How smart autonomy can help solve today’s shipping challenges

In this E-Book we refer to “smart autonomy,” which means moving towards autonomous operations in the future, by finding targeted autonomous solutions that solve specific problems today.

This approach allows for further evolution as needed and provides the ability to respond to changing regulatory environments related to emerging standards for autonomous operations. The end goal is not necessarily fully autonomous unmanned vessels. Instead, the goal is to harness existing—or co‑create—modular autonomous solutions that solve specific problems and make commercial sense today, while offering the extensibility to install additional solutions in the future, allowing our clients to tailor their own pathway to autonomy.

The types of concrete challenges that autonomous solutions can help solve are summarised below

Increased safety

Autonomous solutions have the potential to reduce the incidence of human error and therefore the number of mistakes and accidents. Removing humans from the equation or giving them the tools to enhance their capabilities for carrying out repetitive routine tasks improves performance and safety. Such changes also allow the crew to focus on more important tasks and key decision-making duties. By increasing situational awareness of what is happening around the vessel, these solutions also increase safety for those onboard surrounding vessels. This will be particularly important in areas where incidents are most common, such as busy ports.

Decarbonisation and fuel savings

Autonomous solutions support efforts to sail in the most fuel-efficient manner, which leads to both economic and environmental benefits. This approach builds on earlier digitalisation efforts which provide actionable insights on fleet operations, squeezing more efficiency out of existing assets and operations and fostering a new operating culture and ways of working.

Autonomous solutions improve efficiency by allowing vessels to reliably and consistently replicate precise and safe vessel performance. For example, we’ve seen that for ships on shorter voyages, reducing the average docking time by a single minute can have a significant impact on the overall fuel consumption (reducing it by two to three per cent per minute on a two-hour voyage). For longer voyages, fuel savings of 10 % or more are possible through route and speed optimisation, and using autonomy solutions can help ensure a more consistent level of performance across vessels and voyages in a fleet.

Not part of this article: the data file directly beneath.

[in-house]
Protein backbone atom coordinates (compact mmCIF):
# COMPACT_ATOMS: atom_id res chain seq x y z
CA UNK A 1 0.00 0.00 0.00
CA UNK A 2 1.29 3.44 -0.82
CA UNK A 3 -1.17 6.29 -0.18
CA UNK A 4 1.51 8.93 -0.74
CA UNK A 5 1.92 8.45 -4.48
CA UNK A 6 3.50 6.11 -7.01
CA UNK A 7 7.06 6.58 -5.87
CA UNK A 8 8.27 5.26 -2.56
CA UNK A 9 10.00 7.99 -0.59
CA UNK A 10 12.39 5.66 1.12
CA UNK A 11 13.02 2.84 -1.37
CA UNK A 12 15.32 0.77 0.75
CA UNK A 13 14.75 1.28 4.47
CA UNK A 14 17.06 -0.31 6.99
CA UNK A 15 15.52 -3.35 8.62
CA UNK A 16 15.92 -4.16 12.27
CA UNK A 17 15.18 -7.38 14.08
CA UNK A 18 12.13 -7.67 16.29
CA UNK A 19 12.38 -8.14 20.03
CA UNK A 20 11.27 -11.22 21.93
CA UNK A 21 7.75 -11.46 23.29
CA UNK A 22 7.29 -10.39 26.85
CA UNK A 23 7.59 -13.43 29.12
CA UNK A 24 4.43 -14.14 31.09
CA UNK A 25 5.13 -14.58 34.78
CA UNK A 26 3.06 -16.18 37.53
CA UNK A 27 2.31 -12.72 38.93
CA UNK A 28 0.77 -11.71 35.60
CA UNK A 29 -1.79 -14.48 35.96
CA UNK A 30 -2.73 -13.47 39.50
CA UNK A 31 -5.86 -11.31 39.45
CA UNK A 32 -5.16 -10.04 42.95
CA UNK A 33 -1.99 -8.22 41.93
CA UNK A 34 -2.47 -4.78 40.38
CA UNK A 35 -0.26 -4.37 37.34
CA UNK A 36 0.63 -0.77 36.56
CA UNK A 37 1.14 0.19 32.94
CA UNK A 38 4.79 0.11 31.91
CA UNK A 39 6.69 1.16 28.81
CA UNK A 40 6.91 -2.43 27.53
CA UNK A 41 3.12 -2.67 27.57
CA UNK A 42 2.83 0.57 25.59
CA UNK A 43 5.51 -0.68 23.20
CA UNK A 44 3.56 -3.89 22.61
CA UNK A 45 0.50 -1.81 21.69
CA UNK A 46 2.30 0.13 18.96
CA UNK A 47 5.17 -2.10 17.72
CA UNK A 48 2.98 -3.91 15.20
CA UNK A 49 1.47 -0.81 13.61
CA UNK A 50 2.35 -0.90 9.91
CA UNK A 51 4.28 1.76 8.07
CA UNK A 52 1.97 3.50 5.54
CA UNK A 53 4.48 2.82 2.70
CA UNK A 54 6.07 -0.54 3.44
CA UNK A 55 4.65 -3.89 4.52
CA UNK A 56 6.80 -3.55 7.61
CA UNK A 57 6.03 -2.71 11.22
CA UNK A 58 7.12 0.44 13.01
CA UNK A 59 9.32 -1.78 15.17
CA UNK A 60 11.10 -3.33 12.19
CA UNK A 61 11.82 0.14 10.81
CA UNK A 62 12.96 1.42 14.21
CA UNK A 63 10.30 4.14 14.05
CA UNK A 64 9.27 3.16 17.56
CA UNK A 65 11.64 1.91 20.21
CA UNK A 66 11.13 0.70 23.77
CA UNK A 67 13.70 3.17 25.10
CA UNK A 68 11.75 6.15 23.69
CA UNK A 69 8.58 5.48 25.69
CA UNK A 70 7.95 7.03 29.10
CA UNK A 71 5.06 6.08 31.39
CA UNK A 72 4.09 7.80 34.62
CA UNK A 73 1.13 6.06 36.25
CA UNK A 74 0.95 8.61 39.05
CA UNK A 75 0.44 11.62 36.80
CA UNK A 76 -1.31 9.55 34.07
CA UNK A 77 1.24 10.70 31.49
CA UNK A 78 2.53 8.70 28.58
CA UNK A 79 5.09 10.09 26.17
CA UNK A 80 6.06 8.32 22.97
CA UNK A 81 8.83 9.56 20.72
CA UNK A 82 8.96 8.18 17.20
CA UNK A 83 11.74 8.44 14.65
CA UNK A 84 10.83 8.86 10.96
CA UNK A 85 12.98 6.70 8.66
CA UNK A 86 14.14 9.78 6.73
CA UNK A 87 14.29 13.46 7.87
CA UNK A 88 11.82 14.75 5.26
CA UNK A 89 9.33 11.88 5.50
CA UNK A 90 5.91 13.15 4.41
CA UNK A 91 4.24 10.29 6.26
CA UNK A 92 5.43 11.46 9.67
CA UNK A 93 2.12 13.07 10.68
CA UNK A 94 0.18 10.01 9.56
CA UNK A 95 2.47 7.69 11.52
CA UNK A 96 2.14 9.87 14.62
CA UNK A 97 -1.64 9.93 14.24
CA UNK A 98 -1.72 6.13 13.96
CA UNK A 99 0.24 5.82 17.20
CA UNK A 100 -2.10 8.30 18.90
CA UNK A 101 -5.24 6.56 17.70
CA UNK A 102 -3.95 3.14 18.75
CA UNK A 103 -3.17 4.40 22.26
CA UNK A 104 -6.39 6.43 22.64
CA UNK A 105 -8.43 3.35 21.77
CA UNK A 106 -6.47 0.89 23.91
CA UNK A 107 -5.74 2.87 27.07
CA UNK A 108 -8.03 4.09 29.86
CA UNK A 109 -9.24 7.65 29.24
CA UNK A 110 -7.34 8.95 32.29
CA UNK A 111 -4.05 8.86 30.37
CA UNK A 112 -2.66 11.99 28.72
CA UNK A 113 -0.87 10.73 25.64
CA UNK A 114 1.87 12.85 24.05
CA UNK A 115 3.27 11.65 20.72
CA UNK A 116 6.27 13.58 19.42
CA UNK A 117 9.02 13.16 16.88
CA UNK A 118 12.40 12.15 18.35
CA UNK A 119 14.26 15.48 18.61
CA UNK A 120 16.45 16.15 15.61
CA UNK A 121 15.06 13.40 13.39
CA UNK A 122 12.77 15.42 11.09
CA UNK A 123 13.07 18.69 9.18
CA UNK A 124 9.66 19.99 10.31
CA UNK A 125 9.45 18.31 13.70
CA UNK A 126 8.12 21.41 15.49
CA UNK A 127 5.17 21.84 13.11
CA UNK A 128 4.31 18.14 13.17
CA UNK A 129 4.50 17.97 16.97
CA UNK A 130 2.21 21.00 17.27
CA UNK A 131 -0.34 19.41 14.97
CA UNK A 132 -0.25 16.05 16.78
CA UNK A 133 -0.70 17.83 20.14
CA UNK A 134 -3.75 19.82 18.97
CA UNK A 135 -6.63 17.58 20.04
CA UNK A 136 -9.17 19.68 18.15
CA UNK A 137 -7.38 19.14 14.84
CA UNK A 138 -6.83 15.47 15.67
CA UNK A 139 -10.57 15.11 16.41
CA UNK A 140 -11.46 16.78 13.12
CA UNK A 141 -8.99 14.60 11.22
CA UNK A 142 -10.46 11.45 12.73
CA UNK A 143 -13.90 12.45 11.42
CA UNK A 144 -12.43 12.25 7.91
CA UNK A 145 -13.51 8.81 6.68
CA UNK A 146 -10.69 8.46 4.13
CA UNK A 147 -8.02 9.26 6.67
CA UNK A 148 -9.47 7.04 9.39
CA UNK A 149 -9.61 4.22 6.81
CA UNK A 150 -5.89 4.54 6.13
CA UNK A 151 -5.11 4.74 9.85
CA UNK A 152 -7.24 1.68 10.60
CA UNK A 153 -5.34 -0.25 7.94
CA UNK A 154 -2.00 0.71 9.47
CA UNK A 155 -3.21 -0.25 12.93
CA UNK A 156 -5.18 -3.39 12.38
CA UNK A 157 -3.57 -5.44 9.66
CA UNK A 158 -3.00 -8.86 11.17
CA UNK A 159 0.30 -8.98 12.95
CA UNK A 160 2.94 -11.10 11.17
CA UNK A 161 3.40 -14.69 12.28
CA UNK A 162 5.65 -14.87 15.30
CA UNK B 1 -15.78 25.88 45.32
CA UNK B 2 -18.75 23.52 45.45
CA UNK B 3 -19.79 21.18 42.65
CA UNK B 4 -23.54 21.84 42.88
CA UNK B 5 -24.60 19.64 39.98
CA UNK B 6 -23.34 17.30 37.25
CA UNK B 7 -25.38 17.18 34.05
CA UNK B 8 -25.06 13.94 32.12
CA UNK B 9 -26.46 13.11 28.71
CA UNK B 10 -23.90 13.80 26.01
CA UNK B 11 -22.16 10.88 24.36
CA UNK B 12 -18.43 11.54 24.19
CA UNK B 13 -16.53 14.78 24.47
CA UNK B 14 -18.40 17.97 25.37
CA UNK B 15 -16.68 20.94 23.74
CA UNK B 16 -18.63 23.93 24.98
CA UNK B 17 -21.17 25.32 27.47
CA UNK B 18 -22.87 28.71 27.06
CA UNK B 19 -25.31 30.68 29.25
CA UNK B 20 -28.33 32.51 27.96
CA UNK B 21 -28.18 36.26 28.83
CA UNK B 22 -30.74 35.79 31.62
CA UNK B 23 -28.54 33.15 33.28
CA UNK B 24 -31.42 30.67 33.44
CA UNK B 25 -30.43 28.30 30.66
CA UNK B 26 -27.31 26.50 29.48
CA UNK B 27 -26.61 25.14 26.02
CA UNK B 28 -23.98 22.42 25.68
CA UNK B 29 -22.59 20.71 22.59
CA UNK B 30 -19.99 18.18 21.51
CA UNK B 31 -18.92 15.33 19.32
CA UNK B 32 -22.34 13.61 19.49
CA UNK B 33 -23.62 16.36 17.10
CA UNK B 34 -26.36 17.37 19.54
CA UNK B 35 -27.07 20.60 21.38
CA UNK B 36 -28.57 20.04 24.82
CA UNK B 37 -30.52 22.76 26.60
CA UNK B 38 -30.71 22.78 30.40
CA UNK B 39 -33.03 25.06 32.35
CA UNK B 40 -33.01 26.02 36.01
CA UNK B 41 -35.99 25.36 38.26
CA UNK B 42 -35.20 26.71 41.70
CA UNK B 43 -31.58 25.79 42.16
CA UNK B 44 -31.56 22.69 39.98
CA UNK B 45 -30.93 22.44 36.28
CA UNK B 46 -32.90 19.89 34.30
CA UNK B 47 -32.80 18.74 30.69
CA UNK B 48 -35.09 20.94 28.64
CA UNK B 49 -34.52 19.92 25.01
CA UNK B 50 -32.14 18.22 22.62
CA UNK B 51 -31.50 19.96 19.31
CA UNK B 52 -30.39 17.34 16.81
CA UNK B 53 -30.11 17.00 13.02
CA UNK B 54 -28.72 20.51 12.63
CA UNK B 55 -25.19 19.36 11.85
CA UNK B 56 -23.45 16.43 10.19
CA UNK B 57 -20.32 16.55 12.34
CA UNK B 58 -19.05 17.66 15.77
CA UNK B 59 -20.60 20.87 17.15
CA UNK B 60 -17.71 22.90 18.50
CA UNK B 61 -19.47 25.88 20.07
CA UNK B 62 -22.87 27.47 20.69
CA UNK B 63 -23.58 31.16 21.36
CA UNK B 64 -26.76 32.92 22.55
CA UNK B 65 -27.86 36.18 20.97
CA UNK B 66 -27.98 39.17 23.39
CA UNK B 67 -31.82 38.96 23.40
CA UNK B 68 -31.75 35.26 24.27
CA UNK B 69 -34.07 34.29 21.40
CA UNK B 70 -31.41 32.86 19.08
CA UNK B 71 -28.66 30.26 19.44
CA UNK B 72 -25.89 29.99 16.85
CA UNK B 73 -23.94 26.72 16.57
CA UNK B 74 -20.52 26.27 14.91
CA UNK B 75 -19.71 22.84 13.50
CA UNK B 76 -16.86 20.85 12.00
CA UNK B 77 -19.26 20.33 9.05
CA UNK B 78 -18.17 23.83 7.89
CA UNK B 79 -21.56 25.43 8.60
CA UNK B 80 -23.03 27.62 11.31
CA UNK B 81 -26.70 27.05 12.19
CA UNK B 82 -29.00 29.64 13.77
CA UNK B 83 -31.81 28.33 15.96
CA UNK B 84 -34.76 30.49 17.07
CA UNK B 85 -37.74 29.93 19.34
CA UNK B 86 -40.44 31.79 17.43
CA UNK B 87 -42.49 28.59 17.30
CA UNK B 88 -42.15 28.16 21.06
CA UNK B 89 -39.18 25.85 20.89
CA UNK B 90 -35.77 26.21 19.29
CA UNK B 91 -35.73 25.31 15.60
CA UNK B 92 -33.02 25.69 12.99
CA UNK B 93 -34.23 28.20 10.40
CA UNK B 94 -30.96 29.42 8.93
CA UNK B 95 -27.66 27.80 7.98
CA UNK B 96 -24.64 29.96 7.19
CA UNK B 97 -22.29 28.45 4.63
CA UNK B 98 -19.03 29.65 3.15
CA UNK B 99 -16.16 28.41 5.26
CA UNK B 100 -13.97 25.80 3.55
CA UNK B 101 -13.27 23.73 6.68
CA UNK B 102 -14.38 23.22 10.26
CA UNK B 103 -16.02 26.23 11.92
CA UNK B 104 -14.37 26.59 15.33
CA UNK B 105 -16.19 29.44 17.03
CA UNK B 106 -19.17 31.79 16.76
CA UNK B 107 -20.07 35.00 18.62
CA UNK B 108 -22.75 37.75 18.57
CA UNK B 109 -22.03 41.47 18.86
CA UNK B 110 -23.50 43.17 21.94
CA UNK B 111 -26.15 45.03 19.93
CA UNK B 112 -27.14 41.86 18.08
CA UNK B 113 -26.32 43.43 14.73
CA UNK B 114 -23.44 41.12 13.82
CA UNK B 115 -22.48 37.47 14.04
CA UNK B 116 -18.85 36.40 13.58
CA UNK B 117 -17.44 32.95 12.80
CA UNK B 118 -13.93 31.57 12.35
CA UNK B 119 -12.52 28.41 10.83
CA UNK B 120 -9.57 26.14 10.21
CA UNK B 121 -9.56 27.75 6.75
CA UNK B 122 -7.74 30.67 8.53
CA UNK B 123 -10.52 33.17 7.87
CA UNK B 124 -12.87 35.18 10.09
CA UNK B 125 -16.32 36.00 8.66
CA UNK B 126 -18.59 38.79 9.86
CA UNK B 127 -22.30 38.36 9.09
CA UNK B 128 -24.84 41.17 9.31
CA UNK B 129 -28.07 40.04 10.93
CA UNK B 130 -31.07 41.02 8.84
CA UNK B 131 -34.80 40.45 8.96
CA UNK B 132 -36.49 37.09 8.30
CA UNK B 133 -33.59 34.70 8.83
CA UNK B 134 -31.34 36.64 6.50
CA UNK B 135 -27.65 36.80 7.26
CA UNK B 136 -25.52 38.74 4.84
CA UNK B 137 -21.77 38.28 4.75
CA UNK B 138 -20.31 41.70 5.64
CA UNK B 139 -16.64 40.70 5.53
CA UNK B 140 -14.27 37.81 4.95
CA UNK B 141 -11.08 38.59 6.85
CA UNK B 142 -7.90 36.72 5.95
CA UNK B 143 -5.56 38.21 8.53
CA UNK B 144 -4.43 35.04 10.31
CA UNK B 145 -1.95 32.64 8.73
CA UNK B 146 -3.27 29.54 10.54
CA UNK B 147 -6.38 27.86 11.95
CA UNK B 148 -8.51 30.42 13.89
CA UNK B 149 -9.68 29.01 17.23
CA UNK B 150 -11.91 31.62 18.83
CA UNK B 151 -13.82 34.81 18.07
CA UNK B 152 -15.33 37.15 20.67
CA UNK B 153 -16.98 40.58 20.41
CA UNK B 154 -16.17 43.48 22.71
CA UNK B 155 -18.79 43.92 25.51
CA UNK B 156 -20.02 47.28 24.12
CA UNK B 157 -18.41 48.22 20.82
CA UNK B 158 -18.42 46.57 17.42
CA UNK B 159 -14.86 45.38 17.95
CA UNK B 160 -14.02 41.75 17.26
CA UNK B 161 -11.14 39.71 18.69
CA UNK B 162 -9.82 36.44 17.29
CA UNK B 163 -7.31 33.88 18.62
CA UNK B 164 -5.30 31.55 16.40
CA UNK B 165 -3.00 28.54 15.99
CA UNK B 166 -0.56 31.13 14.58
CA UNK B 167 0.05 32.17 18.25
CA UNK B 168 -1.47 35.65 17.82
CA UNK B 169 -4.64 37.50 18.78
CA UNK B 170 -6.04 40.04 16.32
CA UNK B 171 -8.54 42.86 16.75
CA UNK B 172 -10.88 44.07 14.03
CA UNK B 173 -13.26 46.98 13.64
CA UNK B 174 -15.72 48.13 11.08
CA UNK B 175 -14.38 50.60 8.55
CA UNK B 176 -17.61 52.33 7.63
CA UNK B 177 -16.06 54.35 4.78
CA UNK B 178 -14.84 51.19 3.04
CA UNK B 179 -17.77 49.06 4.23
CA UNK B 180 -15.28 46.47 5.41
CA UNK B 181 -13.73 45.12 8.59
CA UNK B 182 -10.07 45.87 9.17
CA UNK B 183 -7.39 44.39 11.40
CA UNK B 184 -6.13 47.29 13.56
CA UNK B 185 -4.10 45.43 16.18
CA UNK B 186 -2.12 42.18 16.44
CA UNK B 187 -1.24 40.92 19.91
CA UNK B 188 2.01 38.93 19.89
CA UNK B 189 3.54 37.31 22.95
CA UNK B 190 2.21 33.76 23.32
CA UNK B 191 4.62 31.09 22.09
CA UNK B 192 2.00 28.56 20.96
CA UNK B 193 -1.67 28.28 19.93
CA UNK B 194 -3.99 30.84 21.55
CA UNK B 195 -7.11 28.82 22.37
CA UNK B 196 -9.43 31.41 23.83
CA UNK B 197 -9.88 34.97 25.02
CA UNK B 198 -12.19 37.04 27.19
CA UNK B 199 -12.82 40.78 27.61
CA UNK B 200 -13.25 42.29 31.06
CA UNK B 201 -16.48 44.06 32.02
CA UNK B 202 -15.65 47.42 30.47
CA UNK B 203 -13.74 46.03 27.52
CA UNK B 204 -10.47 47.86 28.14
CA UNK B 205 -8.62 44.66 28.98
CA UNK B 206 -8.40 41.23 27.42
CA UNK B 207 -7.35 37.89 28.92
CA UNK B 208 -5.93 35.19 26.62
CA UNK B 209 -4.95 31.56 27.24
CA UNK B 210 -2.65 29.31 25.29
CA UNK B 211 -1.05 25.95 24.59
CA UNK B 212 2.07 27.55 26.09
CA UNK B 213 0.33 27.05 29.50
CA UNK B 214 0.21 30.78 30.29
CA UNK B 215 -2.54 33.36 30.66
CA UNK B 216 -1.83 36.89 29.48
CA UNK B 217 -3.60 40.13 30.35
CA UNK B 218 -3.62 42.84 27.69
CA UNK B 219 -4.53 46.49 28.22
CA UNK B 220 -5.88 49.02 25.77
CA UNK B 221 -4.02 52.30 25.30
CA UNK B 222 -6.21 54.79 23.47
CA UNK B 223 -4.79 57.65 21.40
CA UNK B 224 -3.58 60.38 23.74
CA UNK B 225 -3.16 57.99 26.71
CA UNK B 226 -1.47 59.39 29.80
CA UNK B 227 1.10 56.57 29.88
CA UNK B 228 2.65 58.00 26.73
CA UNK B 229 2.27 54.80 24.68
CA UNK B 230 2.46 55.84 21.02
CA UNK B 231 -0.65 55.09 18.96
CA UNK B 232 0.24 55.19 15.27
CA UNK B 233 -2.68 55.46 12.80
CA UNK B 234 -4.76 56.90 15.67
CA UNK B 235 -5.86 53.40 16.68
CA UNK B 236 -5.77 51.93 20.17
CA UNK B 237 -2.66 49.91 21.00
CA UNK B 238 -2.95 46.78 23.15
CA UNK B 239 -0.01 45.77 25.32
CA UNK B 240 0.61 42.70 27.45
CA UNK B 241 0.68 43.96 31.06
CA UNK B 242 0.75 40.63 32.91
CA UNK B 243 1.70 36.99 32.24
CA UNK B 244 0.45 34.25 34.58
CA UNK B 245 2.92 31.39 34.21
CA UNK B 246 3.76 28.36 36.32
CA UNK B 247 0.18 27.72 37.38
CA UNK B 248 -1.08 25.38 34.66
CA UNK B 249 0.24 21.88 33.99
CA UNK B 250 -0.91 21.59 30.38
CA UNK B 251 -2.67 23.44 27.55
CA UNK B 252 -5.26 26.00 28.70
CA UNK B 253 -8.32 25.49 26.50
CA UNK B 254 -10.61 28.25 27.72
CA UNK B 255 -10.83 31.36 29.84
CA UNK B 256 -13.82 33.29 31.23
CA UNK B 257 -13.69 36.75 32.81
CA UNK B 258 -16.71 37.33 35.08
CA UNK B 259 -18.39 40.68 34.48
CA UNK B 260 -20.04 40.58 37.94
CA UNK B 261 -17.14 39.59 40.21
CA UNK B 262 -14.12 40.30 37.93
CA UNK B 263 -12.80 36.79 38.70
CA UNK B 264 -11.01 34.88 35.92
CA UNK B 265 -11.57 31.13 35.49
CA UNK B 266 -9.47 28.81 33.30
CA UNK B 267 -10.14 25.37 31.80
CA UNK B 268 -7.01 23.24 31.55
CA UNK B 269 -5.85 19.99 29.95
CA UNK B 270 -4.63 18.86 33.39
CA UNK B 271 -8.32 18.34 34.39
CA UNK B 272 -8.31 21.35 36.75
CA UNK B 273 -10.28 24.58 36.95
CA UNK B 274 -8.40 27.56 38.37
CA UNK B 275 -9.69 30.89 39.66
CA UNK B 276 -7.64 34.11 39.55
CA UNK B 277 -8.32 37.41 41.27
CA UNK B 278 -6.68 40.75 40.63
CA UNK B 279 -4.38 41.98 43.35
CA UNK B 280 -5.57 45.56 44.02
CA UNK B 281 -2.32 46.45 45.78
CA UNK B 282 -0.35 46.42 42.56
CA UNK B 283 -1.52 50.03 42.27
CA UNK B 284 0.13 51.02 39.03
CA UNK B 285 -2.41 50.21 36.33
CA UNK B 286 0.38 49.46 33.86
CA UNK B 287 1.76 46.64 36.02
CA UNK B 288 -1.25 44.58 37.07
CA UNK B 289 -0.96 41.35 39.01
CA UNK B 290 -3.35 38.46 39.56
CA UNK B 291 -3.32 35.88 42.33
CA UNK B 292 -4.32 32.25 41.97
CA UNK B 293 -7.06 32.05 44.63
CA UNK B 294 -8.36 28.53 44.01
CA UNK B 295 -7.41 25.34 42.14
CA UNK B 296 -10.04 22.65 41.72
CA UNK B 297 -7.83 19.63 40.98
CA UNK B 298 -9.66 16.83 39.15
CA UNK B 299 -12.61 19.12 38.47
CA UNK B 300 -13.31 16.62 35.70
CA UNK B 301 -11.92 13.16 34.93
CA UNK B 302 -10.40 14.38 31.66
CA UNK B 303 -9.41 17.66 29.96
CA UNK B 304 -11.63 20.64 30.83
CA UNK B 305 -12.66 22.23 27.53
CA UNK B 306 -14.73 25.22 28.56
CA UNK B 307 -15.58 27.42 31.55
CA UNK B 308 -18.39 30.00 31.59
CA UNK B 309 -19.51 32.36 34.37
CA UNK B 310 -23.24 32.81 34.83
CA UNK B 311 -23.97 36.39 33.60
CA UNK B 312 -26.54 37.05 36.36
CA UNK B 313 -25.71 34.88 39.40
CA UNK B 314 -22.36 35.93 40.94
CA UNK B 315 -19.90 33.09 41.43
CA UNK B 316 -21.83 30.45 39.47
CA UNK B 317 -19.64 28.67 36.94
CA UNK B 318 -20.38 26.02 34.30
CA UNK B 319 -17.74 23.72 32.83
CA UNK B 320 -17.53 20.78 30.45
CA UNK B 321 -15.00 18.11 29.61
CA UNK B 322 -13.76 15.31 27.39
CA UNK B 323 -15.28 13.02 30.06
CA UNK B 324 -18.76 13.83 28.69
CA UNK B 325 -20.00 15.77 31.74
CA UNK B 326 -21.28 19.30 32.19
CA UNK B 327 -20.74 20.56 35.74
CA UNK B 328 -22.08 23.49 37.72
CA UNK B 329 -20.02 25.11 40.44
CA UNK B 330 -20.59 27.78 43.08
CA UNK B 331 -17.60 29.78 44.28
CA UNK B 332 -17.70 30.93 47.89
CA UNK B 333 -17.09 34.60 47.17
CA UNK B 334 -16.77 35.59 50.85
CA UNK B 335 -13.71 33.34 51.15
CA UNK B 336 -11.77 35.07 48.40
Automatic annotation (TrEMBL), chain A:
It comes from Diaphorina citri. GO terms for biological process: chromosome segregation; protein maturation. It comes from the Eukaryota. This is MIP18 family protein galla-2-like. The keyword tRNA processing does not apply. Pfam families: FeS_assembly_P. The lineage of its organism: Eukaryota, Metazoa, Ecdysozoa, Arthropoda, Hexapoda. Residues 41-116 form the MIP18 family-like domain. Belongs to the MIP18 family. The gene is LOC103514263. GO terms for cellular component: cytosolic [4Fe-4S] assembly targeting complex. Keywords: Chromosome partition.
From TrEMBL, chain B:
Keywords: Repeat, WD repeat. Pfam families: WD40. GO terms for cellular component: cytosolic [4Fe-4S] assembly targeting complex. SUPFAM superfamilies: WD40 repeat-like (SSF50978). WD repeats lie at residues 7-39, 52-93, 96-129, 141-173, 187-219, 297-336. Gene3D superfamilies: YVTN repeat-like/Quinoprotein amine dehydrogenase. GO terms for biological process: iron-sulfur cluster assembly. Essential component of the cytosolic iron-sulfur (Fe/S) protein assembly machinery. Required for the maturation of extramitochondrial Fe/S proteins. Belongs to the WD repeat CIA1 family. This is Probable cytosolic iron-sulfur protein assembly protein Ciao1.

Meeting crew challenges

In the future, there may be an opportunity to operate with fewer crew, which will be important in order to make up for the projected shortfalls in finding experienced, skilled crew as mentioned earlier. This is also important in the context of initiatives that will increase the demand for shipping, such as the EU’s target to move more cargo by rail and sea instead of road, which may well increase the number of ships needing to be crewed. Autonomous solutions may also allow redeployment of crew, for example, if ships can be steered remotely from land‑based centres instead of from the bridge. Re‑deployment onshore can make the maritime profession more attractive, but will require re-training. For this reason, high-quality simulators will become more important and useful in assisting with testing, training and transitioning to autonomous solutions.

More efficient vessel design

Autonomous solutions are already being retrofitted to existing vessels, integrating sensors, data collection, processing and cabling. Doing this in a new build enables a more holistic ‘digital by design’ philosophy for vessels. Looking further ahead, as the nature of crew deployment, the role of shoreside responsibilities and the usage of vessels changes, vessel design can also be optimised. This means naval architects will have more freedom when allocating space to cargo, and integrating solutions for maximum efficiency and safety. For example, a key change will be enabled by enhanced situational awareness—when operators no longer need a direct line of sight, this will impact vessel design in terms of bridge placement.

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